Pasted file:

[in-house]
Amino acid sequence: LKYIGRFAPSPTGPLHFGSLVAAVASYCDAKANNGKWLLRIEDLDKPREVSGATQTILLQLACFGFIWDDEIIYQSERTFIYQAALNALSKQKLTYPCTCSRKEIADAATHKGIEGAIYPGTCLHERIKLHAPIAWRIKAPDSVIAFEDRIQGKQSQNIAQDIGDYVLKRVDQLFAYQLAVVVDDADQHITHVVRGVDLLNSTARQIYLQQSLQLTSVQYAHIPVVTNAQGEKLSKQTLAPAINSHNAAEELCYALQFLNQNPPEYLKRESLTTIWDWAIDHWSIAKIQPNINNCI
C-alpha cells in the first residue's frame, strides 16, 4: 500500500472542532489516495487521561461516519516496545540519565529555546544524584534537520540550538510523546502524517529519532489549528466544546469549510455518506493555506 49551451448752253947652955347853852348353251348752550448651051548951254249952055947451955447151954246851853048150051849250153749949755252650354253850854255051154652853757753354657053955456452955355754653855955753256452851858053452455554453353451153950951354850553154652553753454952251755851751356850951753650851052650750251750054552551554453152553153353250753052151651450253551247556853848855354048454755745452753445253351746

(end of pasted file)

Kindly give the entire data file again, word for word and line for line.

[in-house]
Amino acid sequence: LKYIGRFAPSPTGPLHFGSLVAAVASYCDAKANNGKWLLRIEDLDKPREVSGATQTILLQLACFGFIWDDEIIYQSERTFIYQAALNALSKQKLTYPCTCSRKEIADAATHKGIEGAIYPGTCLHERIKLHAPIAWRIKAPDSVIAFEDRIQGKQSQNIAQDIGDYVLKRVDQLFAYQLAVVVDDADQHITHVVRGVDLLNSTARQIYLQQSLQLTSVQYAHIPVVTNAQGEKLSKQTLAPAINSHNAAEELCYALQFLNQNPPEYLKRESLTTIWDWAIDHWSIAKIQPNINNCI
C-alpha cells in the first residue's frame, strides 16, 4: 500500500472542532489516495487521561461516519516496545540519565529555546544524584534537520540550538510523546502524517529519532489549528466544546469549510455518506493555506 49551451448752253947652955347853852348353251348752550448651051548951254249952055947451955447151954246851853048150051849250153749949755252650354253850854255051154652853757753354657053955456452955355754653855955753256452851858053452455554453353451153950951354850553154652553753454952251755851751356850951753650851052650750251750054552551554453152553153353250753052151651450253551247556853848855354048454755745452753445253351746